Amazing photograph of the P&O Building in London getting dismantled bottom up. It reveals how the whole building is actually supported by the structural utility core, and that volume does not equate to weight. [Daily Mail via BLDGBLOG]
The angle and composition of the photo reminds me of two painting, one by René Magritte and another by M.C. Escher exploring similar themes of volume and mass.
It also reminds me of how Buckminster Fuller – architect, engineer, innovator, inventor – was always concerned about how much a building weighed. He went on to construct the world’s first geodesic dome building in 1949, which was a building that could sustain its own weight with no practical limits. He gave practical meaning to the phase “less is more” when he said in 1980:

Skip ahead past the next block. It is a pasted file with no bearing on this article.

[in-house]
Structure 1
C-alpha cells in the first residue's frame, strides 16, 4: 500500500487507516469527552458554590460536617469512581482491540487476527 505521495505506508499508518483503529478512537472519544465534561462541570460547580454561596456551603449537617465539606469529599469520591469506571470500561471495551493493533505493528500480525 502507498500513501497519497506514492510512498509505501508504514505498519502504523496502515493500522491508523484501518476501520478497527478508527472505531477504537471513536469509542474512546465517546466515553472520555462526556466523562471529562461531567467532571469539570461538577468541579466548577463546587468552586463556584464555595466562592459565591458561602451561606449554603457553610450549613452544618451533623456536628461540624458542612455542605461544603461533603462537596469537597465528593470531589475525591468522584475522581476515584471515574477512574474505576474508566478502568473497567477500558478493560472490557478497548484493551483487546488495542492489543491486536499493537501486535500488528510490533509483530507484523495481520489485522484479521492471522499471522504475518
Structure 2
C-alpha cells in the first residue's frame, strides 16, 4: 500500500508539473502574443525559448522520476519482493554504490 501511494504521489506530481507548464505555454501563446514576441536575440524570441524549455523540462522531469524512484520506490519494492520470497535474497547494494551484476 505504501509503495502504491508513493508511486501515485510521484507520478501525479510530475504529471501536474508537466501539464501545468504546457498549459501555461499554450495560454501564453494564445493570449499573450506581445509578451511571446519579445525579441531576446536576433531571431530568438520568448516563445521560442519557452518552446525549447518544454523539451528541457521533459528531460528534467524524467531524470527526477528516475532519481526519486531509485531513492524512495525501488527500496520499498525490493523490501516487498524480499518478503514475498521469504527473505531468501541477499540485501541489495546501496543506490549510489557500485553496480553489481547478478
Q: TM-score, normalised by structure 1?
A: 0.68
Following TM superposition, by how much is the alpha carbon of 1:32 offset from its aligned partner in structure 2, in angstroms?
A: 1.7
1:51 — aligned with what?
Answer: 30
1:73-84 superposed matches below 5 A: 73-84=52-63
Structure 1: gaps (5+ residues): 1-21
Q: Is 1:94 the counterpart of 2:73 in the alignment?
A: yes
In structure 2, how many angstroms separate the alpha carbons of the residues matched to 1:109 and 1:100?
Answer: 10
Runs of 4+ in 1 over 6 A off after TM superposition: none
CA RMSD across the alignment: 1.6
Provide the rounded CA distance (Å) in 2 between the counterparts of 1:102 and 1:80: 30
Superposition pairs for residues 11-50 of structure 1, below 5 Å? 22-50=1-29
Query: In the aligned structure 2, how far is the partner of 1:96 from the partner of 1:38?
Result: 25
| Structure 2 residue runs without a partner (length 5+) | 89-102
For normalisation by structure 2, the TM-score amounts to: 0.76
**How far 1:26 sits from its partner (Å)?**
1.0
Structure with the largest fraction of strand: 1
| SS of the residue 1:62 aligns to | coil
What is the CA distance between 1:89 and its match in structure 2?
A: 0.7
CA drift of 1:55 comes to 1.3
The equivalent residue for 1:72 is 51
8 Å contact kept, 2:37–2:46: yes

For the first time in history it is now possible to take care of everybody at a higher standard of living than any have ever known. Only ten years ago the more with less technology reached the point where this could be done. All humanity now has the option to become enduringly successful.
We see Bucky Fuller’s influence live on in sustainable architecture projects, best know of which is Habitat for Humanity.
A weight of a building, we now know, has more somber consequences in the aftermath of 9/11.